Harbour porpoises avoid tidal turbines, finds new study
A new study published by the Sea Mammal Research Unit at the University of St Andrews, finds that harbour porpoises effectively evade an operational tidal turbine at the Meygen tidal farm in Scotland.
Over an 18-month period, the research team monitored harbour porpoises’ movements around the SIMEC Atlantis’ tidal turbine. The animals were found to avoid the turbine rotors, which suggests that they were able to detect the turbine and the supporting structure. Only one individual passed through the rotor swept area, but even this occurred when the turbine was stationary.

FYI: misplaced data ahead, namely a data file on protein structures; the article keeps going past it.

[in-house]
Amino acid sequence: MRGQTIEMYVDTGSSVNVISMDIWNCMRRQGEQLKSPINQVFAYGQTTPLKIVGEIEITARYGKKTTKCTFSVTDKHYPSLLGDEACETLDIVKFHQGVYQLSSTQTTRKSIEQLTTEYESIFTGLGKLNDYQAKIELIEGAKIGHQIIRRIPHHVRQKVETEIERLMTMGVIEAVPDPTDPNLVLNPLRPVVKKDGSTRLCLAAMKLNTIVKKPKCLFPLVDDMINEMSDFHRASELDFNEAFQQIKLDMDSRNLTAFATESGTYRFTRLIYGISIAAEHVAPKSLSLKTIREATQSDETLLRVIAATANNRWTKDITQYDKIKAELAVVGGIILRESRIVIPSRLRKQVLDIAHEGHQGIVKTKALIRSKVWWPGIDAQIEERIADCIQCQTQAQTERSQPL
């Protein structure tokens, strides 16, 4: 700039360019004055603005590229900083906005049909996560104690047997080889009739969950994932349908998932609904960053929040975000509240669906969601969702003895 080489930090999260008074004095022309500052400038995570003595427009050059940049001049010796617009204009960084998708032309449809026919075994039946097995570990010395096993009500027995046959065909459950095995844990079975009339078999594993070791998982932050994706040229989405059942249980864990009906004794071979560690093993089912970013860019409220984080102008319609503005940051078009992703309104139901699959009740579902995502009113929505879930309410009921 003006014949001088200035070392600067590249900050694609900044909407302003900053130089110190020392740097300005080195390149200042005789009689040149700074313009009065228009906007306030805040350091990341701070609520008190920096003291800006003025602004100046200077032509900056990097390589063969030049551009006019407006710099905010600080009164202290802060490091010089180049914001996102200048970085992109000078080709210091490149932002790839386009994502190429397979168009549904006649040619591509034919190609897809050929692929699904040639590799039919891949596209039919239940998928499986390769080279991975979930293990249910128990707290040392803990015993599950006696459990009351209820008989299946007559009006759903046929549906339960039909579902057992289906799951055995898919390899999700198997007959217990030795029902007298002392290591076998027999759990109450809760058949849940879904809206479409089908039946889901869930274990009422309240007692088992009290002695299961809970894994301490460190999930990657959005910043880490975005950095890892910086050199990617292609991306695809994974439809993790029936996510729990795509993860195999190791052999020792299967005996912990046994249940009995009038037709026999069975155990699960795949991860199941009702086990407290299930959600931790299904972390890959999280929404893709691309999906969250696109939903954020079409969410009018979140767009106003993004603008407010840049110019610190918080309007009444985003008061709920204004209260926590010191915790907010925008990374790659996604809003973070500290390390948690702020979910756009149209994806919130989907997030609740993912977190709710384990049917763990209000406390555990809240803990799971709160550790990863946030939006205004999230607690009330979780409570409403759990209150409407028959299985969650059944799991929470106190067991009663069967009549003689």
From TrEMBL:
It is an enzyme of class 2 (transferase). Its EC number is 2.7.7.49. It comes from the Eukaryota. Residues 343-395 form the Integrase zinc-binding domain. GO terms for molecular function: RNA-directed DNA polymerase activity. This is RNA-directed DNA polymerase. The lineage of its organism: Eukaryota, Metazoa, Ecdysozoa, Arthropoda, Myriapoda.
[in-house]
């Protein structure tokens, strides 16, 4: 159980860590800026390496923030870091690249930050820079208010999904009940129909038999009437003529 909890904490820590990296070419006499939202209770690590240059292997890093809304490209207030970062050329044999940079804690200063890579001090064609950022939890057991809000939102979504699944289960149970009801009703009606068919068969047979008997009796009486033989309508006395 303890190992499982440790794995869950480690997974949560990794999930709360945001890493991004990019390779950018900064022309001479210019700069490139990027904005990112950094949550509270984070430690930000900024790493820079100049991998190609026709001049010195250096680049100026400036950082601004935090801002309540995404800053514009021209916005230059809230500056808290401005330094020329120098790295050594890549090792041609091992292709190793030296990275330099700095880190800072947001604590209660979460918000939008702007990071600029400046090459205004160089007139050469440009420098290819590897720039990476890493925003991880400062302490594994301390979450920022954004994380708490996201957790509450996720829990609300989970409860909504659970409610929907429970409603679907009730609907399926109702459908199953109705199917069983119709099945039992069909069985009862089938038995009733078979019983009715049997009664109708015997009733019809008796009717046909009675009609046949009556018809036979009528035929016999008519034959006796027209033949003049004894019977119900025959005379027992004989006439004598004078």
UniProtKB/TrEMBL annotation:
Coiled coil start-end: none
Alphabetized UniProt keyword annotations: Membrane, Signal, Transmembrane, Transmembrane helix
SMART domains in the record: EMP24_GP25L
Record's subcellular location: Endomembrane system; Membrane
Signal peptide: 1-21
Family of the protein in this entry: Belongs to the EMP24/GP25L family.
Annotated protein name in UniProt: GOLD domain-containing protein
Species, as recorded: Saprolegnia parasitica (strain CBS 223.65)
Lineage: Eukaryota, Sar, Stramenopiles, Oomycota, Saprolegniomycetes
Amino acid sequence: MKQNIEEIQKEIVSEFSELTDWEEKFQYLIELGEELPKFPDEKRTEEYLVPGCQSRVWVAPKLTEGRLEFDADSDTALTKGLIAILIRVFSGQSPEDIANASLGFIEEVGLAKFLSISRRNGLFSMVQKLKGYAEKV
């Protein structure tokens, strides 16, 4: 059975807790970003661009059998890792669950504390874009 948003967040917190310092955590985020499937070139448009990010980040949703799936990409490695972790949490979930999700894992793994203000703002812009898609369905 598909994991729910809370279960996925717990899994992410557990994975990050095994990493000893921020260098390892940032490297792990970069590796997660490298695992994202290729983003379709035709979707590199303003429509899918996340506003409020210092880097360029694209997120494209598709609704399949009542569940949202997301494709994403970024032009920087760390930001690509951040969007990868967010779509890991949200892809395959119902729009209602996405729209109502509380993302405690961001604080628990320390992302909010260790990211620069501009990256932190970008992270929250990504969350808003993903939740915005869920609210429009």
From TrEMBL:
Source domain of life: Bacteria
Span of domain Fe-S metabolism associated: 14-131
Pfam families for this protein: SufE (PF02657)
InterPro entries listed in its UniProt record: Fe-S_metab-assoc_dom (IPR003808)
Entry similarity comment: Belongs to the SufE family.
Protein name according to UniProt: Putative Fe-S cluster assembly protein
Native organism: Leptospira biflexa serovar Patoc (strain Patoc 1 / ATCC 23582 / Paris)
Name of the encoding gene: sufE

This effective evasion indicates that the risk of collision between porpoises and tidal turbines might be even lower than previously estimated.
The results are significant, as the information about animal behaviour close to operational turbines is needed to inform regulators of the real impacts of ocean energy technologies. This research brings the sector one step closer to understanding the actual risks of deployments and to reducing the uncertainties that now complicate consenting.
Image: Hannah Keogh